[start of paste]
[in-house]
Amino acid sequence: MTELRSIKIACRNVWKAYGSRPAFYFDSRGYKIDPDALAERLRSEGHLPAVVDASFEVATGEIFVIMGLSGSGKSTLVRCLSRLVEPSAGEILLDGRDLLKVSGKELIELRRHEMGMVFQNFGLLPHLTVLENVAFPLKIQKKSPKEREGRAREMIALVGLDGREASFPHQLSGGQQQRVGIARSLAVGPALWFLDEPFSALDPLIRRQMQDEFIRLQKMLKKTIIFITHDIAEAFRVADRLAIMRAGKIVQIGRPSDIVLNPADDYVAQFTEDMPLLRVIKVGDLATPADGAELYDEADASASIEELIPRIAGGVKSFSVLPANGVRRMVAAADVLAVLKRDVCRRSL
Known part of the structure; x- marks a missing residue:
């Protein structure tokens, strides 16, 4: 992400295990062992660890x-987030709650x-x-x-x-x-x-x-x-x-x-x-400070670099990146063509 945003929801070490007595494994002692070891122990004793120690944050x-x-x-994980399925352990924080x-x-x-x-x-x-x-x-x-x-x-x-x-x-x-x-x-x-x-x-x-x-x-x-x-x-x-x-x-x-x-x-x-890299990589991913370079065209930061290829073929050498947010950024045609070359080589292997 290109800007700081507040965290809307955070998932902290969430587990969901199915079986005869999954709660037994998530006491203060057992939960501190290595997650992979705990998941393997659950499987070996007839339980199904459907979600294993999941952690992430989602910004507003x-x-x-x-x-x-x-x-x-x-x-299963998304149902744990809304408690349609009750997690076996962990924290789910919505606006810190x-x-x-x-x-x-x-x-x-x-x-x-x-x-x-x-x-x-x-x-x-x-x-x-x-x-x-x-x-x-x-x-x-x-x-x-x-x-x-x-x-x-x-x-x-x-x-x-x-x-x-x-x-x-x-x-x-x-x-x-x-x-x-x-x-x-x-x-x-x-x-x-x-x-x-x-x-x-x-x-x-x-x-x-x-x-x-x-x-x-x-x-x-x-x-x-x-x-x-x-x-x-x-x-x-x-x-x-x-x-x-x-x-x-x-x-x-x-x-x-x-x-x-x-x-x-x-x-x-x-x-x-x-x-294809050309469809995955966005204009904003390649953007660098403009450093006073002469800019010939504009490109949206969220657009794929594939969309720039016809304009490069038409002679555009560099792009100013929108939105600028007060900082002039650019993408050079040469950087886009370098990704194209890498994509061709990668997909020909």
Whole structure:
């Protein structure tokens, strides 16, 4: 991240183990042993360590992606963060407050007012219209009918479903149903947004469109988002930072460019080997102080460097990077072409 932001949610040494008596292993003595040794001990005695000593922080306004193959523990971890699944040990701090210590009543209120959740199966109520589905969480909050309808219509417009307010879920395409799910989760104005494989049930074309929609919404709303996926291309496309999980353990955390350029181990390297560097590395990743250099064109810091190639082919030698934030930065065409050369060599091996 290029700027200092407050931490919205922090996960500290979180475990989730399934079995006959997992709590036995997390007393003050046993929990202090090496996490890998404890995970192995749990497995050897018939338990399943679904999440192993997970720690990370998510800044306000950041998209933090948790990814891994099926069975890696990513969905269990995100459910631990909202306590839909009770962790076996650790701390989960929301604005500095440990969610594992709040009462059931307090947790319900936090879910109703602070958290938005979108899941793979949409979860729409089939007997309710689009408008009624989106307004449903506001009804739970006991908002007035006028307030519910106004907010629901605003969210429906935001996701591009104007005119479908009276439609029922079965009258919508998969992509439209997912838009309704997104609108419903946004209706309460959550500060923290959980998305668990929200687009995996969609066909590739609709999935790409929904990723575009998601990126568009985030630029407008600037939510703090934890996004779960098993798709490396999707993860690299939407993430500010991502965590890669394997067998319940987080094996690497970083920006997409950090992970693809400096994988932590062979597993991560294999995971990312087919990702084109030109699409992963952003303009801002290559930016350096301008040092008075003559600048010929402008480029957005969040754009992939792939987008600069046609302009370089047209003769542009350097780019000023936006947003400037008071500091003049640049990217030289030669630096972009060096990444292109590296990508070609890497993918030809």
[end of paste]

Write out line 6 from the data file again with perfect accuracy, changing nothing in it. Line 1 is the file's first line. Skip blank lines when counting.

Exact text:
């Protein structure tokens, strides 16, 4: 991240183990042993360590992606963060407050007012219209009918479903149903947004469109988002930072460019080997102080460097990077072409 932001949610040494008596292993003595040794001990005695000593922080306004193959523990971890699944040990701090210590009543209120959740199966109520589905969480909050309808219509417009307010879920395409799910989760104005494989049930074309929609919404709303996926291309496309999980353990955390350029181990390297560097590395990743250099064109810091190639082919030698934030930065065409050369060599091996 290029700027200092407050931490919205922090996960500290979180475990989730399934079995006959997992709590036995997390007393003050046993929990202090090496996490890998404890995970192995749990497995050897018939338990399943679904999440192993997970720690990370998510800044306000950041998209933090948790990814891994099926069975890696990513969905269990995100459910631990909202306590839909009770962790076996650790701390989960929301604005500095440990969610594992709040009462059931307090947790319900936090879910109703602070958290938005979108899941793979949409979860729409089939007997309710689009408008009624989106307004449903506001009804739970006991908002007035006028307030519910106004907010629901605003969210429906935001996701591009104007005119479908009276439609029922079965009258919508998969992509439209997912838009309704997104609108419903946004209706309460959550500060923290959980998305668990929200687009995996969609066909590739609709999935790409929904990723575009998601990126568009985030630029407008600037939510703090934890996004779960098993798709490396999707993860690299939407993430500010991502965590890669394997067998319940987080094996690497970083920006997409950090992970693809400096994988932590062979597993991560294999995971990312087919990702084109030109699409992963952003303009801002290559930016350096301008040092008075003559600048010929402008480029957005969040754009992939792939987008600069046609302009370089047209003769542009350097780019000023936006947003400037008071500091003049640049990217030289030669630096972009060096990444292109590296990508070609890497993918030809």